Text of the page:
Suppression of hippocampal TRPM7 protein prevents delayed neuronal death in brain ischemia

Sun HS, Jackson MF, Martin LJ, Jansen K, Teves L, Cui H, Kiyonaka S, Mori Y, Jones M, Forder JP, Golde TE, Orser BA, Macdonald JF, Tymianski M. (2009) Nat Neurosci. 12(10):1300-7.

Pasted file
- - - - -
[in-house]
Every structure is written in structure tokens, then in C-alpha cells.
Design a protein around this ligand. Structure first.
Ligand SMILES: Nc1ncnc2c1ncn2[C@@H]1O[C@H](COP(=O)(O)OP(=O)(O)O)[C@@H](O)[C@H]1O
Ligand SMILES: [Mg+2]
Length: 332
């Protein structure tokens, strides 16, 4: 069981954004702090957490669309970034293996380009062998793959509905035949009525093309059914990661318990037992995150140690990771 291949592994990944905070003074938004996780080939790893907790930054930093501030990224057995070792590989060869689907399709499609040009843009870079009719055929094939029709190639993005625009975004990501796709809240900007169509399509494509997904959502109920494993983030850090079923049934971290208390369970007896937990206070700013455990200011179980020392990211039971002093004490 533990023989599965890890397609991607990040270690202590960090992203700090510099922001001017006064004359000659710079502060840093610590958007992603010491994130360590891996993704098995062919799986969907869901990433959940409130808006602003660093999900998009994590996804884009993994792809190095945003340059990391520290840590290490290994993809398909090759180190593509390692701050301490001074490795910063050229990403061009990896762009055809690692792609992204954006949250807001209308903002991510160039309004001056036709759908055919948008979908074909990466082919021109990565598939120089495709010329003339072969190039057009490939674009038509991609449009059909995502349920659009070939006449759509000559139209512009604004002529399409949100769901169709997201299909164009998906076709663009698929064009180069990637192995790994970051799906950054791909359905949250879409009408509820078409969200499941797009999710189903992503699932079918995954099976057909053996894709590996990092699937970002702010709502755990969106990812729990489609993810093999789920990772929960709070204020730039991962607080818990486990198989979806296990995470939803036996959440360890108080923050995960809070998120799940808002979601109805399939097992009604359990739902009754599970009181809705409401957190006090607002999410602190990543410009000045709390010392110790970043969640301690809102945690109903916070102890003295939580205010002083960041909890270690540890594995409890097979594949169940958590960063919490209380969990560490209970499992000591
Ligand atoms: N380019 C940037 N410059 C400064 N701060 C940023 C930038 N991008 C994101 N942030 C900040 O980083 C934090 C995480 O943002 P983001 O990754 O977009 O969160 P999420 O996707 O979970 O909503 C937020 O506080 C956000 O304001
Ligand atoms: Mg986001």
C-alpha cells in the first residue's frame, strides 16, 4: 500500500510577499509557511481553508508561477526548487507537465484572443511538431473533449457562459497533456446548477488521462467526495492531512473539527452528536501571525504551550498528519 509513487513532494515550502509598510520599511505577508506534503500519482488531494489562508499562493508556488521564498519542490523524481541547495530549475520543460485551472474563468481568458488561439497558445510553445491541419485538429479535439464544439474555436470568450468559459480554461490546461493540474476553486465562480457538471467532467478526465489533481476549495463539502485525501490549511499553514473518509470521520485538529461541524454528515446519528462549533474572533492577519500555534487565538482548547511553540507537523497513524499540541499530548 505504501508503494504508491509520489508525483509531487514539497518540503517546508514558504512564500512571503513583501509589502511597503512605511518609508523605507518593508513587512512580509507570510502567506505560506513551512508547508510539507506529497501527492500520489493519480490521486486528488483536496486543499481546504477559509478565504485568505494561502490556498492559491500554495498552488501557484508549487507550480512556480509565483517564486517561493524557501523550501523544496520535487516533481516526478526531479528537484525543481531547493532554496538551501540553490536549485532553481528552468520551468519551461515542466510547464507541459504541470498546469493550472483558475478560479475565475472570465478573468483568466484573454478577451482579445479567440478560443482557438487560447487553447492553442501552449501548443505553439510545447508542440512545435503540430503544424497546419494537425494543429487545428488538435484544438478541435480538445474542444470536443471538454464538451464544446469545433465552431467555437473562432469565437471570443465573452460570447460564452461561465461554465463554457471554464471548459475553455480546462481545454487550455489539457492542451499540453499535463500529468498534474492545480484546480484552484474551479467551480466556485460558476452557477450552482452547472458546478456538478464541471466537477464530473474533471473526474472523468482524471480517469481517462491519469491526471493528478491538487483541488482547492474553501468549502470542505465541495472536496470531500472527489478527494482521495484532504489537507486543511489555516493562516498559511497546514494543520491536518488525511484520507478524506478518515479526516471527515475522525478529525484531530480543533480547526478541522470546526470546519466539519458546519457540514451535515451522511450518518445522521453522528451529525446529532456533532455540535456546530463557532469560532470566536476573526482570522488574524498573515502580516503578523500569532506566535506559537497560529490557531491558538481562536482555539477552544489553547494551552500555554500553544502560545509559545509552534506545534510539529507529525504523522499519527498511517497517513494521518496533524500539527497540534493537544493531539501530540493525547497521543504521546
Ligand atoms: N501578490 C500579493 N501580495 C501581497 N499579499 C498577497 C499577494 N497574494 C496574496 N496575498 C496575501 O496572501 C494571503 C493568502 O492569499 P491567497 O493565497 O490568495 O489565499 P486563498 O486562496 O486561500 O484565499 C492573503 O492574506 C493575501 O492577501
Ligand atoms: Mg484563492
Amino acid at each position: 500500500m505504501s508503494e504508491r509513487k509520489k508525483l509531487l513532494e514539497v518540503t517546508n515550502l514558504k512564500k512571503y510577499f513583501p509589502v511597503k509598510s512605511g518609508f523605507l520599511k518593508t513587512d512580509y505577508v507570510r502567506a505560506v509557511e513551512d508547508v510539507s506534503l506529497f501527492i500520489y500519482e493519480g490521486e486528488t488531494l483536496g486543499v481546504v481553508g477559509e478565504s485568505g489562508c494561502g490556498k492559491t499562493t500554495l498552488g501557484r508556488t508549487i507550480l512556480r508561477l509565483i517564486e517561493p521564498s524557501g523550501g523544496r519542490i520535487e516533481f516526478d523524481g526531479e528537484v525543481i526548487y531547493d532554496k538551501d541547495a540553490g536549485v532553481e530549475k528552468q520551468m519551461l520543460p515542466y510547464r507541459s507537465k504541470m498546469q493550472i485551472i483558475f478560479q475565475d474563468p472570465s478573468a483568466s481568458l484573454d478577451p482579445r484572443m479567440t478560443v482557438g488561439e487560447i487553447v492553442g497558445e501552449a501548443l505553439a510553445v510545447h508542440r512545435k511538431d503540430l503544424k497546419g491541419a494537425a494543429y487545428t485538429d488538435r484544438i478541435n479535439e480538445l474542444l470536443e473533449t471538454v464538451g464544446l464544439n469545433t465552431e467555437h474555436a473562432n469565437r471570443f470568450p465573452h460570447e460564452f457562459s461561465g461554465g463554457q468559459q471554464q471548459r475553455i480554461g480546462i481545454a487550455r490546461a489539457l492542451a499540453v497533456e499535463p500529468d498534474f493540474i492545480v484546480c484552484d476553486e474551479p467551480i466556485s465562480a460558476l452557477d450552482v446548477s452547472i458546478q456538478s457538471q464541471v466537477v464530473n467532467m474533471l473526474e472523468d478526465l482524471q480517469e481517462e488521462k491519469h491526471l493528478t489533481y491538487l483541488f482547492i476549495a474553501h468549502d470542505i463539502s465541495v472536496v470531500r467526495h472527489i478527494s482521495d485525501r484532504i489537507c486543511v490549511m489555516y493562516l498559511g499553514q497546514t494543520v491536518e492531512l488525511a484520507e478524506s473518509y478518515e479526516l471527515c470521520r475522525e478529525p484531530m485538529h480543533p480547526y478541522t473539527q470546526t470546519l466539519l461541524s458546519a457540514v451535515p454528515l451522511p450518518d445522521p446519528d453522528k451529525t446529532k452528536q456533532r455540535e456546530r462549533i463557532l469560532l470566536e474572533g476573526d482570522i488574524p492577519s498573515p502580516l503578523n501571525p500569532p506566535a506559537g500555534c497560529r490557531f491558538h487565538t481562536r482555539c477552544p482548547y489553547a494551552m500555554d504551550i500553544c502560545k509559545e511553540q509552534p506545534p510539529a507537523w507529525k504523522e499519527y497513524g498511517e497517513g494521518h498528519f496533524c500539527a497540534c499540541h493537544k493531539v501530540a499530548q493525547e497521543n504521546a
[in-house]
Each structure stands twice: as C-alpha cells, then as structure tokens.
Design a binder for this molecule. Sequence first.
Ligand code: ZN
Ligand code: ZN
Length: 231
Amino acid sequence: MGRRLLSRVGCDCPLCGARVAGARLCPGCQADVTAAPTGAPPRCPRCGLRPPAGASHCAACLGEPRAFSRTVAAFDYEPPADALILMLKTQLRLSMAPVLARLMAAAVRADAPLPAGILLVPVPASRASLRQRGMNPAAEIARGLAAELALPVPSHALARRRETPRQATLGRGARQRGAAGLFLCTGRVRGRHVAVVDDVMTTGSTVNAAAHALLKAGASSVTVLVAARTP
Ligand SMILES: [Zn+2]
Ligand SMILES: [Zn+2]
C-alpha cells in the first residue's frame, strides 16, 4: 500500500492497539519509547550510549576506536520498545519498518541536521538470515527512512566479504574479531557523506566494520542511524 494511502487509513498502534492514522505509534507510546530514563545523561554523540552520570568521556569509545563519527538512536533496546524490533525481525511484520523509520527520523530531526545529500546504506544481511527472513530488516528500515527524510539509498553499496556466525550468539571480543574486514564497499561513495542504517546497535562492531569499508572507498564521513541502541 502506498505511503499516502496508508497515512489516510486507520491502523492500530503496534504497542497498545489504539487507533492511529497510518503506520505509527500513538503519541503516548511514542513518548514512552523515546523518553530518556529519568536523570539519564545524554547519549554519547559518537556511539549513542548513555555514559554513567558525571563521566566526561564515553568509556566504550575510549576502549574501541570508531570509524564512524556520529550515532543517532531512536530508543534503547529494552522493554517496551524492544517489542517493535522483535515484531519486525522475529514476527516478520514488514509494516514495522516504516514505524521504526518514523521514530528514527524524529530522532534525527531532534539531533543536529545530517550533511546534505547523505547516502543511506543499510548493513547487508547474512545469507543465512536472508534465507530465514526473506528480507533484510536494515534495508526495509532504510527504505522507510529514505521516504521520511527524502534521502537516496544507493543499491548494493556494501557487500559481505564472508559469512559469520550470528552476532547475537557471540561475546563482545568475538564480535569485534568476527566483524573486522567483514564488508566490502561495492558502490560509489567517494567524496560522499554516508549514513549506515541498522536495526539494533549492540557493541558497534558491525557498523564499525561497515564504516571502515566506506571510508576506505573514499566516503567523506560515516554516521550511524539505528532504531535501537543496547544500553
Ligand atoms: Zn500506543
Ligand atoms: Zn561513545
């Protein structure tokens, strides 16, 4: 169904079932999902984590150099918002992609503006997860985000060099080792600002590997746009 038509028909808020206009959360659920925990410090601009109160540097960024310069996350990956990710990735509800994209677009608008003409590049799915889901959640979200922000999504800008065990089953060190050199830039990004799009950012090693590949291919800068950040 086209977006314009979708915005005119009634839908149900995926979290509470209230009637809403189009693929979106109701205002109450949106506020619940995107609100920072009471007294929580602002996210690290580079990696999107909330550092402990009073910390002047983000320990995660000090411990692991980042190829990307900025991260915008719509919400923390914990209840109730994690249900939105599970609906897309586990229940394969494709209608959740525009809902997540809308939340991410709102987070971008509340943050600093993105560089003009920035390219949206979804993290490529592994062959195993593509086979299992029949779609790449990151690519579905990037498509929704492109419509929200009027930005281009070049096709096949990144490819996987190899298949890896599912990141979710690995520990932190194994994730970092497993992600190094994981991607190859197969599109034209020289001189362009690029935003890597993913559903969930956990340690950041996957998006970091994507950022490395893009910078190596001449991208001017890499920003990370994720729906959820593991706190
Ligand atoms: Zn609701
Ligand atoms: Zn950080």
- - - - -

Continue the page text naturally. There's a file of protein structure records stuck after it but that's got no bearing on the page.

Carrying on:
Cardiac arrest victims may experience transient brain hypoperfusion leading to delayed death of hippocampal CA1 neurons and cognitive impairment. We prevented this in adult rats by inhibiting the expression of transient receptor potential melastatin 7 (TRPM7), a transient receptor potential channel that is essential for embryonic development, is necessary for cell survival and trace ion homeostasis in vitro, and whose global deletion in mice is lethal. TRPM7 was suppressed in CA1 neurons by intrahippocampal injections of viral vectors bearing shRNA specific for TRPM7. This had no ill effect on animal survival, neuronal and dendritic morphology, neuronal excitability, or synaptic plasticity, as exemplified by robust long-term potentiation (LTP). However, TRPM7 suppression made neurons resistant to ischemic death after brain ischemia and preserved neuronal morphology and function. Also, it prevented ischemia-induced deficits in LTP and preserved performance in fear-associated and spatial-navigational memory tasks. Thus, regional suppression of TRPM7 is feasible, well tolerated and inhibits delayed neuronal death in vivo.

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